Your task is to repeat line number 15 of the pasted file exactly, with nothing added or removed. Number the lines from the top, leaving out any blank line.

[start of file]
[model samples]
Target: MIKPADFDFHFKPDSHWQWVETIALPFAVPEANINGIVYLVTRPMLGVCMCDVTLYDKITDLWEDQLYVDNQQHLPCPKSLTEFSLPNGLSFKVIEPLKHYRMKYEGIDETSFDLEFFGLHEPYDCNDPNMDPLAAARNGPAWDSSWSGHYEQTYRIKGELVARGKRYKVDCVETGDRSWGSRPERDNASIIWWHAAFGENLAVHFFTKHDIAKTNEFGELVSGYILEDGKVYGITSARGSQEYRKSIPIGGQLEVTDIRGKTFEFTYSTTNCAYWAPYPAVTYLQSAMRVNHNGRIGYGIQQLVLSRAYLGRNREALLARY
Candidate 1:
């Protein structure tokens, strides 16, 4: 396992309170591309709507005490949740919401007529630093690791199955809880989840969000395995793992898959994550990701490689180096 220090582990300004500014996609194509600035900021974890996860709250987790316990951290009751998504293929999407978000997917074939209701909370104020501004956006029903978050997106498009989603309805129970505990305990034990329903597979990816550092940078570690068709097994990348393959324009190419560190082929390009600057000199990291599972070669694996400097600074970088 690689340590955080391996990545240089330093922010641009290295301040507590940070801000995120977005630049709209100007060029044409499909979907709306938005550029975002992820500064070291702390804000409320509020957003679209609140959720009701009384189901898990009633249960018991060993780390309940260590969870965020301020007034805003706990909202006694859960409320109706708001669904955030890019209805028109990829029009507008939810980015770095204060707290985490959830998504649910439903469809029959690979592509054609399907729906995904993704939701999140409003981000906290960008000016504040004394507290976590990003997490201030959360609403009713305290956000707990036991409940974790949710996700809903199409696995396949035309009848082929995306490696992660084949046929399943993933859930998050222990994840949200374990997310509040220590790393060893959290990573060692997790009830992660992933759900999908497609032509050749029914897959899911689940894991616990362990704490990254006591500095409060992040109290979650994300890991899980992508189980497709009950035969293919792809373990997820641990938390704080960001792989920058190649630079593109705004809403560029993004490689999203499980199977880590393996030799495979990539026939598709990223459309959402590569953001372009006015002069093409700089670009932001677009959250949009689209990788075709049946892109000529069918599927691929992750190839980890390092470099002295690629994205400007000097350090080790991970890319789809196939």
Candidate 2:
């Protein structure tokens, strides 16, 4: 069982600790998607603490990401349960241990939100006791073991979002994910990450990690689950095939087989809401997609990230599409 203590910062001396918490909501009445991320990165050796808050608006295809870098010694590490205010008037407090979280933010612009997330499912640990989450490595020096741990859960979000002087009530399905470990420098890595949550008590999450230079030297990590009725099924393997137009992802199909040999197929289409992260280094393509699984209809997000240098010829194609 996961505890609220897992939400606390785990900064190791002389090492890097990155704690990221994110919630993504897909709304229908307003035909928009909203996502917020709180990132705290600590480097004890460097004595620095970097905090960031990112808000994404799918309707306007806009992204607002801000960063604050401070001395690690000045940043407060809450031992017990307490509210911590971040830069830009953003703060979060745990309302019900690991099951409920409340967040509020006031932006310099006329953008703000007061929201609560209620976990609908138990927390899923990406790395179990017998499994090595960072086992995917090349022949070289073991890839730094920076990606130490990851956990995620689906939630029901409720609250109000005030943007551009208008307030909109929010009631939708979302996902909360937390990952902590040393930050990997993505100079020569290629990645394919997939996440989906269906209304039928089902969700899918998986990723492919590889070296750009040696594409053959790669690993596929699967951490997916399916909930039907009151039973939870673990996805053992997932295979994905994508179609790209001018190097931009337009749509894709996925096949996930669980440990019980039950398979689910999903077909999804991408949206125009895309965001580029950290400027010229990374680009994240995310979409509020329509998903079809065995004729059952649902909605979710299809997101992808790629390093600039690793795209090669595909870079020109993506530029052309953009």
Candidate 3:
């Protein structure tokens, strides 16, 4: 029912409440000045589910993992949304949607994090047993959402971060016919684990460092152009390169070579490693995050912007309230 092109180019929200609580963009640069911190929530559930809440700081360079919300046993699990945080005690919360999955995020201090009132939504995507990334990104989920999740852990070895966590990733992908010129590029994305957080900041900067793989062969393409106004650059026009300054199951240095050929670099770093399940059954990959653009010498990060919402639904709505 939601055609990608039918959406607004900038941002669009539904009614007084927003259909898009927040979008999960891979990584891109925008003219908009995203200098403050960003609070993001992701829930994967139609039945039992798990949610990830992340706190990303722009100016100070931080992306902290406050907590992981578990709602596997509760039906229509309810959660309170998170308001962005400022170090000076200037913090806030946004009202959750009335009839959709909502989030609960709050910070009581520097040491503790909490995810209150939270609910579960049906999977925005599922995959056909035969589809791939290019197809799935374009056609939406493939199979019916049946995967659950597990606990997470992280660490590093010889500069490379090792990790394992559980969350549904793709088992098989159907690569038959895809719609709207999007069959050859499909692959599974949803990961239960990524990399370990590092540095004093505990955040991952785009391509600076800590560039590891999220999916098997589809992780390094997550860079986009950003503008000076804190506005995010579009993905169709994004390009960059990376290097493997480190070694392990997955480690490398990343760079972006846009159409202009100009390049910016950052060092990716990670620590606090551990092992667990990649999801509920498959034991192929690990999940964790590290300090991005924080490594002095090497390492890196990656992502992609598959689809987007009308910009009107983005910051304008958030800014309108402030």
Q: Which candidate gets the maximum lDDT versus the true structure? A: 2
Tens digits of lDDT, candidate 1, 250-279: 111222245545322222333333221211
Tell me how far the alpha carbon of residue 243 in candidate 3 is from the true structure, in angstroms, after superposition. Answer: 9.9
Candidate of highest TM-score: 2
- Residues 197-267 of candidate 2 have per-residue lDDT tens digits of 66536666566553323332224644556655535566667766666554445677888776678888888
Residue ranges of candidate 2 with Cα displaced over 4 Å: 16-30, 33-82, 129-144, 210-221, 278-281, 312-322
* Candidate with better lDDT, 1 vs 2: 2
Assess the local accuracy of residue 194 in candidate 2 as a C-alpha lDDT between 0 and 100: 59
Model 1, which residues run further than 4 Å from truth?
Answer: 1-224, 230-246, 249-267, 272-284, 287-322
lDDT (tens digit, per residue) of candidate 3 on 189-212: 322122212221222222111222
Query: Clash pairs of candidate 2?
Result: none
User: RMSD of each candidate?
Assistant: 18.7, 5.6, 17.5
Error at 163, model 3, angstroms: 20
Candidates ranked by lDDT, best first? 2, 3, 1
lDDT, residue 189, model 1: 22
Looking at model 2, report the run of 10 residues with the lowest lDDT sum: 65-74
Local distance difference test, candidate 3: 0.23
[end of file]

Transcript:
* Candidate with better lDDT, 1 vs 2: 2